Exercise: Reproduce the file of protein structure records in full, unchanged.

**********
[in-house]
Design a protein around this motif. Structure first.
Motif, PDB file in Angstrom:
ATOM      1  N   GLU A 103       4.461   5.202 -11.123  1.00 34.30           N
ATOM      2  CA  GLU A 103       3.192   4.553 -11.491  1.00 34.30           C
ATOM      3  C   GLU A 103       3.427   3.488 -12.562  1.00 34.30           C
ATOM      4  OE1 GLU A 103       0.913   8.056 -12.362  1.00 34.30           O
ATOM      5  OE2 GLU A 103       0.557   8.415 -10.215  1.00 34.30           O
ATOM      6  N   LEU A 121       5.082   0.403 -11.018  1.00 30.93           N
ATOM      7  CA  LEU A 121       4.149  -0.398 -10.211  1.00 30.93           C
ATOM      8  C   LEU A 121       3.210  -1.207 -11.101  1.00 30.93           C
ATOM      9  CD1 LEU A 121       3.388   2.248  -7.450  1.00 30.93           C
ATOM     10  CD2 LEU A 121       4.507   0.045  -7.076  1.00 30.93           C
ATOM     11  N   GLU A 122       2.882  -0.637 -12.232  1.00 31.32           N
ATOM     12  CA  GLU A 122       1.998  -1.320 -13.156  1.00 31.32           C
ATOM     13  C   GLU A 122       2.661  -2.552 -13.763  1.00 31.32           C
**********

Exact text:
[in-house]
Design a protein around this motif. Structure first.
Motif, PDB file in Angstrom:
ATOM      1  N   GLU A 103       4.461   5.202 -11.123  1.00 34.30           N
ATOM      2  CA  GLU A 103       3.192   4.553 -11.491  1.00 34.30           C
ATOM      3  C   GLU A 103       3.427   3.488 -12.562  1.00 34.30           C
ATOM      4  OE1 GLU A 103       0.913   8.056 -12.362  1.00 34.30           O
ATOM      5  OE2 GLU A 103       0.557   8.415 -10.215  1.00 34.30           O
ATOM      6  N   LEU A 121       5.082   0.403 -11.018  1.00 30.93           N
ATOM      7  CA  LEU A 121       4.149  -0.398 -10.211  1.00 30.93           C
ATOM      8  C   LEU A 121       3.210  -1.207 -11.101  1.00 30.93           C
ATOM      9  CD1 LEU A 121       3.388   2.248  -7.450  1.00 30.93           C
ATOM     10  CD2 LEU A 121       4.507   0.045  -7.076  1.00 30.93           C
ATOM     11  N   GLU A 122       2.882  -0.637 -12.232  1.00 31.32           N
ATOM     12  CA  GLU A 122       1.998  -1.320 -13.156  1.00 31.32           C
ATOM     13  C   GLU A 122       2.661  -2.552 -13.763  1.00 31.32           C